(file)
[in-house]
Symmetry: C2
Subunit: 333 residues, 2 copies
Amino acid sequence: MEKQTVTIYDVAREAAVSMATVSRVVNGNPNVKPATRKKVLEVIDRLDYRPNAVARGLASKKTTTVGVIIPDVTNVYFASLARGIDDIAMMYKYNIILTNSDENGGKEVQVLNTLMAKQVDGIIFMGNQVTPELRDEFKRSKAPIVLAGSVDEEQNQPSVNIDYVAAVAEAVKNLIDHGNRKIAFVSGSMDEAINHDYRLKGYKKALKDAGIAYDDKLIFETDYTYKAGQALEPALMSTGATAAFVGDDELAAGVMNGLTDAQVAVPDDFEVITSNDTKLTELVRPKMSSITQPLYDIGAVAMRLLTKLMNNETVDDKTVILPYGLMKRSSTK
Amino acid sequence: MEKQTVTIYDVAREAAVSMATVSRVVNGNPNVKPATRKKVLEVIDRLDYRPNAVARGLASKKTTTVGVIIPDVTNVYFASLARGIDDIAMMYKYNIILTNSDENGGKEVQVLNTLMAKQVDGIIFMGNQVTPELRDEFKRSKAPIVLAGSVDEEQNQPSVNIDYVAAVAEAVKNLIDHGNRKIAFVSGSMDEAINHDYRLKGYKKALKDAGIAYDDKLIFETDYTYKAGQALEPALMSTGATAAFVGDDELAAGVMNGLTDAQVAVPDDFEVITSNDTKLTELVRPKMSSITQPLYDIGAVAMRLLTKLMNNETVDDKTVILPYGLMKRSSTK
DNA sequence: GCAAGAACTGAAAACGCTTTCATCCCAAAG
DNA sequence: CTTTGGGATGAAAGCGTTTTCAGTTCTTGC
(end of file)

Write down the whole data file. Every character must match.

[in-house]
Symmetry: C2
Subunit: 333 residues, 2 copies
Amino acid sequence: MEKQTVTIYDVAREAAVSMATVSRVVNGNPNVKPATRKKVLEVIDRLDYRPNAVARGLASKKTTTVGVIIPDVTNVYFASLARGIDDIAMMYKYNIILTNSDENGGKEVQVLNTLMAKQVDGIIFMGNQVTPELRDEFKRSKAPIVLAGSVDEEQNQPSVNIDYVAAVAEAVKNLIDHGNRKIAFVSGSMDEAINHDYRLKGYKKALKDAGIAYDDKLIFETDYTYKAGQALEPALMSTGATAAFVGDDELAAGVMNGLTDAQVAVPDDFEVITSNDTKLTELVRPKMSSITQPLYDIGAVAMRLLTKLMNNETVDDKTVILPYGLMKRSSTK
Amino acid sequence: MEKQTVTIYDVAREAAVSMATVSRVVNGNPNVKPATRKKVLEVIDRLDYRPNAVARGLASKKTTTVGVIIPDVTNVYFASLARGIDDIAMMYKYNIILTNSDENGGKEVQVLNTLMAKQVDGIIFMGNQVTPELRDEFKRSKAPIVLAGSVDEEQNQPSVNIDYVAAVAEAVKNLIDHGNRKIAFVSGSMDEAINHDYRLKGYKKALKDAGIAYDDKLIFETDYTYKAGQALEPALMSTGATAAFVGDDELAAGVMNGLTDAQVAVPDDFEVITSNDTKLTELVRPKMSSITQPLYDIGAVAMRLLTKLMNNETVDDKTVILPYGLMKRSSTK
DNA sequence: GCAAGAACTGAAAACGCTTTCATCCCAAAG
DNA sequence: CTTTGGGATGAAAGCGTTTTCAGTTCTTGC